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Paul Laxalt, former Nevada senator and Reagan liaison, dies at 96

Laxalt ran unsuccessfully for the 1988 Republican presidential nomination to succeed Reagan. He then worked as a lawyer and consultant in Washington.


Reuters 07 Aug 2018, 10:20 AM United States

Former Nevada Senator Paul Laxalt, who served as Ronald Reagan's trusted liaison between the White House and Congress and also helped end Philippine strongman Ferdinand Marcos's reign, has died, media reported.

He was 96. Laxalt died on Monday in McLean, Virginia of natural causes, the New York Times reported.

Laxalt, the son of a Basque immigrant sheepherder, became Reagan's political soulmate and close friend when they served as governors of neighboring Western states - Laxalt in Nevada from 1967 to 1971, and Reagan, a former actor, in California.

Laxalt, who served in the Senate from 1974 through 1987, headed Reagan's unsuccessful campaign for the 1976 Republican presidential nomination against incumbent President Gerald Ford, as well as Reagan's successful White House bids in 1980 and 1984.

Laxalt was called the "first friend" and his ties to Reagan provided him with a special niche as an influential liaison between the White House and Congress during the first six years of Reagan's presidency.

The two men shared not only a dedication to free enterprise and conservatism but a laid-back, genial manner and a love of horseback riding and the outdoor lifestyle of the American West.

"He was a kind, decent man," Laxalt said of Reagan in a 2008 interview with Nevada Magazine. "He never professed to know more than he should and he was very considerate of everybody else's opinion. He was more than a Hollywood-type figure."

Laxalt said he felt like a brother to Reagan and told the New York Times in 1982: "Because of my relationship with the president, I can say things in a manner that others can't."

William Cohen, a fellow Republican who also served in the Senate then, said at the time of Laxalt: "He plays a very important offstage role. He helps modulate (Reagan) administration policy and keeps them in tune with the Senate, so they understand when to push and when not to push."

'THE TIME HAS COME'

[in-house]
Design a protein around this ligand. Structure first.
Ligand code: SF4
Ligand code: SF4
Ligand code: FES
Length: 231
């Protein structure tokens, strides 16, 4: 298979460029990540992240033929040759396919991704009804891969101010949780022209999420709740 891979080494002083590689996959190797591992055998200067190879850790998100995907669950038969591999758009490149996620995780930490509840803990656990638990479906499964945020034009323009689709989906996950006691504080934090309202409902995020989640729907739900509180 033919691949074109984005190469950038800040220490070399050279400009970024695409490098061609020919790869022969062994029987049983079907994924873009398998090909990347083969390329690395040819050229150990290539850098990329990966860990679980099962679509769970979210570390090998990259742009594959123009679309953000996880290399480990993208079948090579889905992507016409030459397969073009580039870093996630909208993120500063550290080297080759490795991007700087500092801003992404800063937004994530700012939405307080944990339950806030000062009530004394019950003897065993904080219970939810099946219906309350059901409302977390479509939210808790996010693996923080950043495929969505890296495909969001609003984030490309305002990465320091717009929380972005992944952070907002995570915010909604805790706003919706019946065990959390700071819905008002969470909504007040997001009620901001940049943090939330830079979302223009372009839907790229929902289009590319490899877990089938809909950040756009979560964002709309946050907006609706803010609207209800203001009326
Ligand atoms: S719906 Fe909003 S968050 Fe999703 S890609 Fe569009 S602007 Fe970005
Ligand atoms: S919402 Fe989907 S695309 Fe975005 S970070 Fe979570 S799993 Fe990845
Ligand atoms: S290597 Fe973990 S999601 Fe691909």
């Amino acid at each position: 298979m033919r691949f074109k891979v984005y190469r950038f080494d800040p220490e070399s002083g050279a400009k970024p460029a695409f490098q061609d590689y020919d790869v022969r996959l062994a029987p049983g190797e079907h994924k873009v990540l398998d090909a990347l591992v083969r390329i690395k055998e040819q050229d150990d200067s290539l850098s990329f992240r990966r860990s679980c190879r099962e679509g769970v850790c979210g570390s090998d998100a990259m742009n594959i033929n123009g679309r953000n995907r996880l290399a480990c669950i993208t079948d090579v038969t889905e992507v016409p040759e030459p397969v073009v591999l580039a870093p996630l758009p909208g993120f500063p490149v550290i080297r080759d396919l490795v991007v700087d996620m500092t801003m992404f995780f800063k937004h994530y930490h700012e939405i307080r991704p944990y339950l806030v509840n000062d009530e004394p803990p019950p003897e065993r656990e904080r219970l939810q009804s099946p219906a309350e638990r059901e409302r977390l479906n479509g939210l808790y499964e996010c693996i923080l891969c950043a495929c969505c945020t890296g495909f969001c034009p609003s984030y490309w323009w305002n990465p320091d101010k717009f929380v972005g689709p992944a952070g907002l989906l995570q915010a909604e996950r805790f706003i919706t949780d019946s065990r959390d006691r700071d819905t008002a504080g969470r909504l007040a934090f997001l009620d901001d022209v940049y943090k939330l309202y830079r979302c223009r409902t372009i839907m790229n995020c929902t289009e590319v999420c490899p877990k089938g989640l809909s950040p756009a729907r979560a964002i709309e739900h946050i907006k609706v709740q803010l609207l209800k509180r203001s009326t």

Reagan sent Laxalt on a delicate diplomatic mission to the Philippines in 1985 to urge Marcos, a long-time U.S. ally, to reform his government amid the "People Power" uprising. In February 1986, after Marcos retained his presidency in a dubious electoral victory, Laxalt helped engineer the long-serving dictator's resignation.

With instability growing and Marcos barricaded in his palace, the Philippine leader telephoned Laxalt and asked, "Should I step down? Senator, what do you think?"

Laxalt said he replied: "Mr. President, I am not bound by diplomatic restraints. I am talking only for myself. I think you should cut and cut cleanly. I think the time has come."

Such a comment from the president's close friend showed the United States had withdrawn support for Marcos, and he resigned.

Laxalt won praise from conservatives in 1978 when he led an unsuccessful fight against Senate approval of Democratic President Jimmy Carter's treaty under which the United States ceded the Panama Canal to Panama.

Laxalt ran unsuccessfully for the 1988 Republican presidential nomination to succeed Reagan. He then worked as a lawyer and consultant in Washington.

Laxalt served for years in the Senate with fellow Republican Pete Domenici and in February 2013, Domenici admitted to having fathered a child more than three decades earlier with Laxalt's daughter, Michelle.

Laxalt was born in Reno on Aug. 2, 1922, and grew up in Carson City. In his memoir, he said he absorbed politics through conversations with prominent Nevadans while working in his mother's French restaurant in the state capital.

He served as a U.S. Army medic during World War Two and afterward practiced law in Carson City. He became Nevada's lieutenant governor in 1963 and governor four years later.

Laxalt was instrumental in creating the modern Las Vegas casino and tourism industry, championing measures while governor to let corporations hold gaming licenses. The federal government at the time was eager to close the Las Vegas Strip hotels that the FBI and others suspected were controlled by organized crime.

Laxalt settled a suit against the Sacramento Bee newspaper over an article alleging that a Nevada hotel-casino he owned engaged in illegal skimming off profits. Although not personally accused of wrongdoing, he pressed a $250 million libel suit, arguing he was defamed by association. The suit was dropped in 1987 and his attorneys were awarded $650,000 to be paid by the newspaper.

Laxalt married his second wife, Carol Wilson, in 1976. He has five daughters and one son with his first wife.

He was the older brother of Robert Laxalt, author of "Sweet Promised Land" (1957) and other books. 

(This story has not been edited by Devdiscourse staff and is auto-generated from a syndicated feed.)


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